Liberty and equality are both desirable, but too much of one can lead to too little of the other. Fraternity – the value of face to face relationships of respect and affection – can help establish a fair balance along with equity. In the third extract from Working for Equality the author pleads the case for a leaving certificate of equal value for all.
Archives for 2017
Scaling up successful interventions absorbs time and energy – and money – we can ill afford. Is there a way of making social and public policy more efficient as well as more effective?” In the second extract from Working for Equality Helen Chambers urges a different, more effective approach to policy.
In 2015 Professor Richard Freeman from the Academy of Government at Edinburgh Uni convened a group to discuss inequality. In 2017, after much further debate, all 22 participants contributed to a Postcards from Scotland book called Working for Equality: Policy, politics, people edited by Richard Freeman, Fiona McHardy and Danny Murphy. In the first of three extracts Philip Cooke reflects on the vital role of respect.
‘While the Scottish government is introducing more progressive taxes, the US is in the process of passing a controversial bill which cuts tax bigly for the rich’. Jackie Kemp, now based in Boston, Mass., saees merits in both systems…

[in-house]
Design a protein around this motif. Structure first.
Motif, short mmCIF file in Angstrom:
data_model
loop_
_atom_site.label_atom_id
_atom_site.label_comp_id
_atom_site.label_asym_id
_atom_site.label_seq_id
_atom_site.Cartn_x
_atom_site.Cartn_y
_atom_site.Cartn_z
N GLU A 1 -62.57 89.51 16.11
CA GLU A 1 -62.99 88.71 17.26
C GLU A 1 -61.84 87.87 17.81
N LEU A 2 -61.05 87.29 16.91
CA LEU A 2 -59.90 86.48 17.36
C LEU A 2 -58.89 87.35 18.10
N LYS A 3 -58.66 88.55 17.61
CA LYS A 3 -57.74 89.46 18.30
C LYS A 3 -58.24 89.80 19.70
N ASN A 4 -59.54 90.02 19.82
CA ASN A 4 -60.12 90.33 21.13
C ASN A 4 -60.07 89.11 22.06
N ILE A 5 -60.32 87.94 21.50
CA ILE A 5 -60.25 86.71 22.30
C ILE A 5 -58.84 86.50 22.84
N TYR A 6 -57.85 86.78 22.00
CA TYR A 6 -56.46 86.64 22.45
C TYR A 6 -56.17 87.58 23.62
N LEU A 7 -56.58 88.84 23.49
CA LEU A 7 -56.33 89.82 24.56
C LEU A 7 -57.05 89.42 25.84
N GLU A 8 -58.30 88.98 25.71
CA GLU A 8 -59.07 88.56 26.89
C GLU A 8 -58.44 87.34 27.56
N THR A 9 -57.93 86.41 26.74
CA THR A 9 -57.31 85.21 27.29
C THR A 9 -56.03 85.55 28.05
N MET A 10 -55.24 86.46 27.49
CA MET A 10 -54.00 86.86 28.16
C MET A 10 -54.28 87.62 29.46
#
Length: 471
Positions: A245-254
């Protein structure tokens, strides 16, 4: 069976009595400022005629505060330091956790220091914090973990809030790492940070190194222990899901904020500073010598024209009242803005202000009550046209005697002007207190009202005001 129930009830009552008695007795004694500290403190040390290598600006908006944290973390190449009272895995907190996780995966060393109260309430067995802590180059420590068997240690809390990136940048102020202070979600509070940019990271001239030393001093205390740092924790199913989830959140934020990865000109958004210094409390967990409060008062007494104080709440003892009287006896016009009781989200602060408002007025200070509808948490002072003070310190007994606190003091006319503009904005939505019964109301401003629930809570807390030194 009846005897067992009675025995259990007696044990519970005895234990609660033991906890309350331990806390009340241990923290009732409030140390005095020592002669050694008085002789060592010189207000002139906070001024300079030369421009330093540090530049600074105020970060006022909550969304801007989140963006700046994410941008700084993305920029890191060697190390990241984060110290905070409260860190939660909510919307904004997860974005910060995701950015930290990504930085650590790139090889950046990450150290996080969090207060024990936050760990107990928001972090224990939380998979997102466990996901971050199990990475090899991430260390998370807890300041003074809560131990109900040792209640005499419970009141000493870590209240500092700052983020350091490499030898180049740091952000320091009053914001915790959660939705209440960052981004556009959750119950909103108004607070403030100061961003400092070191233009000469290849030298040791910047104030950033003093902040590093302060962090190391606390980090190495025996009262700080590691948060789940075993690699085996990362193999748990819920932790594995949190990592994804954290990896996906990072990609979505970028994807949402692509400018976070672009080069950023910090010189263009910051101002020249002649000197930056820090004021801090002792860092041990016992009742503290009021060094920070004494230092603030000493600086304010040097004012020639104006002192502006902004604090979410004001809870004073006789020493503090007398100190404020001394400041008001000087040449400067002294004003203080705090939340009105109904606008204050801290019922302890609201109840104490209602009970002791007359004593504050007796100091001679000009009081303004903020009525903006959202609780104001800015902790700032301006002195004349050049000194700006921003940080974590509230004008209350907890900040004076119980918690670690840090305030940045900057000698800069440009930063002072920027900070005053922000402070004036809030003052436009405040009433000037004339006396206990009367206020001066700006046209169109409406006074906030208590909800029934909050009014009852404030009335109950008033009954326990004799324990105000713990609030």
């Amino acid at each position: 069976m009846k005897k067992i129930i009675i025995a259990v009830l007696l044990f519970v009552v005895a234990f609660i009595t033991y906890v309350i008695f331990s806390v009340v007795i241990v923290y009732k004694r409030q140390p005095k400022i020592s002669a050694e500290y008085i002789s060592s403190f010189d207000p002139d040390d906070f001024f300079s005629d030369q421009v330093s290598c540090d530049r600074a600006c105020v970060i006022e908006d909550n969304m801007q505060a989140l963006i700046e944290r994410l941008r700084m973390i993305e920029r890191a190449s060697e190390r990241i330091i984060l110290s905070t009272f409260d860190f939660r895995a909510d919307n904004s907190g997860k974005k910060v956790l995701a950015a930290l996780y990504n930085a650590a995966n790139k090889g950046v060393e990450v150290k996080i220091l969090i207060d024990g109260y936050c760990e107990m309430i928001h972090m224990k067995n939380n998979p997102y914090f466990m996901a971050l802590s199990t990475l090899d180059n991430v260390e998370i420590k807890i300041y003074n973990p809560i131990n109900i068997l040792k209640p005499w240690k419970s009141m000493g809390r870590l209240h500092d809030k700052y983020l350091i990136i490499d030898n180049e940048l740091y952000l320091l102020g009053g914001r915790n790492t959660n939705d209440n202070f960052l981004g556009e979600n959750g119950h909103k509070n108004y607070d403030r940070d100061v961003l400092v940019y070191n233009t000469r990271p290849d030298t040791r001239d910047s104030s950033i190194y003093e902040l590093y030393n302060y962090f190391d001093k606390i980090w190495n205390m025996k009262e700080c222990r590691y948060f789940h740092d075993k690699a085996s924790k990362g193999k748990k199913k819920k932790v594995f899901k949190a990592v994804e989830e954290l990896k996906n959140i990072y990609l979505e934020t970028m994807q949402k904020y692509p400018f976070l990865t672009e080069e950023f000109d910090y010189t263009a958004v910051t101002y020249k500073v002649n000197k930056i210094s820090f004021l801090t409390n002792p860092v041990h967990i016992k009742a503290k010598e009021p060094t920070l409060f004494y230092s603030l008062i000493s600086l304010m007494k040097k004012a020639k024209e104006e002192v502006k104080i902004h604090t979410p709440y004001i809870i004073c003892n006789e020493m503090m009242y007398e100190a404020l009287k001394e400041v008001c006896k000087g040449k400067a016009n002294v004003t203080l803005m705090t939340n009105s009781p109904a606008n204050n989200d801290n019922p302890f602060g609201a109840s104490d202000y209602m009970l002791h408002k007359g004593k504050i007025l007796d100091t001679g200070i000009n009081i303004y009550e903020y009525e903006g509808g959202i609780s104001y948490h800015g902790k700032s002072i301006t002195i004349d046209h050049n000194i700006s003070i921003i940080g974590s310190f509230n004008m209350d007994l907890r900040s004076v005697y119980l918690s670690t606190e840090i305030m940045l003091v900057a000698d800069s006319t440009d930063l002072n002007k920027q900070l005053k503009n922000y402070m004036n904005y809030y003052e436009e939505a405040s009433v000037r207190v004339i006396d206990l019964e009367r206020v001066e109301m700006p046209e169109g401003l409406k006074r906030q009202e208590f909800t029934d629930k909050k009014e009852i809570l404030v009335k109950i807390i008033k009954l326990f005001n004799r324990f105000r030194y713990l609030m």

‘It remains to be seen whether or not the UK government will invest in the future of the Highlands to the level the EU has done. If it doesn’t, it seems likely that many will leave in search of opportunities elsewhere – a scenario with a long and regrettable history in the Highlands.’
“It’s not an English problem any more than it’s a Scottish one, it’s a problem for us all.” Alan Milburn’s research report The Elite of Scotland revealed some uncomfortable facts of life in a nation that prides itself on fairness.
‘I think MSPs should make a fuss if the budget materials provided to them are not factually correct, as a matter of principle, regardless of the policy or scale. But on this one they didn’t last year, as far as I know, so the government may be banking on a further free pass’.
This year’s Sceptical Scot poem for Christmas – so soon since the last one – is a poignantly, tenderly beautiful poem by Christine de Luca.
‘Under the Scottish Government’s proposed income tax policy, everyone earning under £33k will pay less tax in 2018/19 than they did this year (2017/18). BUT part of this is due to the increase in Personal Allowance, which would have happened anyway, i.e. irrespective of any announcement made by Mr Mackay today.’
In the corner apartment overlooking the city Elspeth was unpacking a Whole Foods bag, in between flipping a clean towel onto the bathroom rail and kicking her gym shoes under the sofa. She greeted them at the door. “Jim! How lovely.” After Jim had admired the view – two windowed walls overlooking the nexus of […]